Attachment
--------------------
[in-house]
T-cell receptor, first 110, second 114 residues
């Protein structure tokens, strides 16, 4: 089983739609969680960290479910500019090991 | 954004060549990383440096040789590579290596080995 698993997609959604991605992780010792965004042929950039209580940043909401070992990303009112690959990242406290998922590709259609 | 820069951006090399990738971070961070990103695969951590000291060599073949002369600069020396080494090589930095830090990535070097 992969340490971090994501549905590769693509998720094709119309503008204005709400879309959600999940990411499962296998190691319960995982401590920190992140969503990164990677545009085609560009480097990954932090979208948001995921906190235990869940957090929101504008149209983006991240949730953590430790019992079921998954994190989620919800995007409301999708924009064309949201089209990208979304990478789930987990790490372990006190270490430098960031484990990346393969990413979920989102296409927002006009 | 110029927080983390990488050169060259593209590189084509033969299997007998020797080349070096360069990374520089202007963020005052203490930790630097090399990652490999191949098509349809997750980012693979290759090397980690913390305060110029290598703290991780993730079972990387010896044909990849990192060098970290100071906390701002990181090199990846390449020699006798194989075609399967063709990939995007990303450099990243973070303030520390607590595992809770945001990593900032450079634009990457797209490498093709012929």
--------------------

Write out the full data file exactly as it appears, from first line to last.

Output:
[in-house]
T-cell receptor, first 110, second 114 residues
């Protein structure tokens, strides 16, 4: 089983739609969680960290479910500019090991 | 954004060549990383440096040789590579290596080995 698993997609959604991605992780010792965004042929950039209580940043909401070992990303009112690959990242406290998922590709259609 | 820069951006090399990738971070961070990103695969951590000291060599073949002369600069020396080494090589930095830090990535070097 992969340490971090994501549905590769693509998720094709119309503008204005709400879309959600999940990411499962296998190691319960995982401590920190992140969503990164990677545009085609560009480097990954932090979208948001995921906190235990869940957090929101504008149209983006991240949730953590430790019992079921998954994190989620919800995007409301999708924009064309949201089209990208979304990478789930987990790490372990006190270490430098960031484990990346393969990413979920989102296409927002006009 | 110029927080983390990488050169060259593209590189084509033969299997007998020797080349070096360069990374520089202007963020005052203490930790630097090399990652490999191949098509349809997750980012693979290759090397980690913390305060110029290598703290991780993730079972990387010896044909990849990192060098970290100071906390701002990181090199990846390449020699006798194989075609399967063709990939995007990303450099990243973070303030520390607590595992809770945001990593900032450079634009990457797209490498093709012929």